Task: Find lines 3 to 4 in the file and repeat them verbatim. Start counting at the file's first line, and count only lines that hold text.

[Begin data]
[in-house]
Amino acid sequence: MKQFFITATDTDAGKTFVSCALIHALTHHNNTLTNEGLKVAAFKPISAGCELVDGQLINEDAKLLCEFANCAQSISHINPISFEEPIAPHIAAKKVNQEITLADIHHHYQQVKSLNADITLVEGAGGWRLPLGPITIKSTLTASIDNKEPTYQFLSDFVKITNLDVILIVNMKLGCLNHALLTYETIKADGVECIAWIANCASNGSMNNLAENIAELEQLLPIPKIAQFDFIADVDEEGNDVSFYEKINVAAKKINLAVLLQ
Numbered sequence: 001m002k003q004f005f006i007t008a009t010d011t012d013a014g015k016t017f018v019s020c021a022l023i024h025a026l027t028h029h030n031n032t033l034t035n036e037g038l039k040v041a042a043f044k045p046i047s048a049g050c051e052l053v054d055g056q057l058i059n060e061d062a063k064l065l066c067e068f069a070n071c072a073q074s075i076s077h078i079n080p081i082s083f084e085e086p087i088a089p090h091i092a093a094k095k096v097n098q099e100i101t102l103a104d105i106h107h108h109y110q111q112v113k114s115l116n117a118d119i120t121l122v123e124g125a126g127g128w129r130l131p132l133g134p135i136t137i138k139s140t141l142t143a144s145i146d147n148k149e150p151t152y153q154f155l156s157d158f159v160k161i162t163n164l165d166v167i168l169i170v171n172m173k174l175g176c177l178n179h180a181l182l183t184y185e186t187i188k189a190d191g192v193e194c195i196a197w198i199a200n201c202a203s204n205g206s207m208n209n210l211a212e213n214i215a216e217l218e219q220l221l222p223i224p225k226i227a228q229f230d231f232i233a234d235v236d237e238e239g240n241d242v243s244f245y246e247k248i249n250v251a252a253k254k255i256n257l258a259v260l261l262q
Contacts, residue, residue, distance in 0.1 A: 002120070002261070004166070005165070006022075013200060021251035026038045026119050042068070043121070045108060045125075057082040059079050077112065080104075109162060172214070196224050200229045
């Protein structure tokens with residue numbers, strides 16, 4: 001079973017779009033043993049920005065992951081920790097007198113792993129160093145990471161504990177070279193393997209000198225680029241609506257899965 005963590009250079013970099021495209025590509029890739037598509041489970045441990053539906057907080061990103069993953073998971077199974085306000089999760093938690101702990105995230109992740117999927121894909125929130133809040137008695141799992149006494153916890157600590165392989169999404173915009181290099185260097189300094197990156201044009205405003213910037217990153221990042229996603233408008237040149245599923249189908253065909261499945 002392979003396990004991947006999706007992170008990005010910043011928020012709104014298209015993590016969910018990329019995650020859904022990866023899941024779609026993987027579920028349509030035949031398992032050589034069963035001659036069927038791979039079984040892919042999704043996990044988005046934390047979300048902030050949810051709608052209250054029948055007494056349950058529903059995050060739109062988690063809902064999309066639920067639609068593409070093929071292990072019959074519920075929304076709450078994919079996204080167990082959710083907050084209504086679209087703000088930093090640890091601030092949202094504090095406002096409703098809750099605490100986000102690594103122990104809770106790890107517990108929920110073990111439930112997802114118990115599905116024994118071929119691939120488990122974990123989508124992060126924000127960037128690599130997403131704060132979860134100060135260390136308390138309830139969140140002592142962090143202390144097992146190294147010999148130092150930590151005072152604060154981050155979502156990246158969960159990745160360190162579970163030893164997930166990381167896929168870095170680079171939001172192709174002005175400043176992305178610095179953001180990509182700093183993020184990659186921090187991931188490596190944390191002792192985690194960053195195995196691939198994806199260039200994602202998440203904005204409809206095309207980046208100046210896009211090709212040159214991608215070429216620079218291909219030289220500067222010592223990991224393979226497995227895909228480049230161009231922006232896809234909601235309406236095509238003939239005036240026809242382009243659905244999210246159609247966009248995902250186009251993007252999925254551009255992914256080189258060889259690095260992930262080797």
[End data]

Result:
Numbered sequence: 001m002k003q004f005f006i007t008a009t010d011t012d013a014g015k016t017f018v019s020c021a022l023i024h025a026l027t028h029h030n031n032t033l034t035n036e037g038l039k040v041a042a043f044k045p046i047s048a049g050c051e052l053v054d055g056q057l058i059n060e061d062a063k064l065l066c067e068f069a070n071c072a073q074s075i076s077h078i079n080p081i082s083f084e085e086p087i088a089p090h091i092a093a094k095k096v097n098q099e100i101t102l103a104d105i106h107h108h109y110q111q112v113k114s115l116n117a118d119i120t121l122v123e124g125a126g127g128w129r130l131p132l133g134p135i136t137i138k139s140t141l142t143a144s145i146d147n148k149e150p151t152y153q154f155l156s157d158f159v160k161i162t163n164l165d166v167i168l169i170v171n172m173k174l175g176c177l178n179h180a181l182l183t184y185e186t187i188k189a190d191g192v193e194c195i196a197w198i199a200n201c202a203s204n205g206s207m208n209n210l211a212e213n214i215a216e217l218e219q220l221l222p223i224p225k226i227a228q229f230d231f232i233a234d235v236d237e238e239g240n241d242v243s244f245y246e247k248i249n250v251a252a253k254k255i256n257l258a259v260l261l262q
Contacts, residue, residue, distance in 0.1 A: 002120070002261070004166070005165070006022075013200060021251035026038045026119050042068070043121070045108060045125075057082040059079050077112065080104075109162060172214070196224050200229045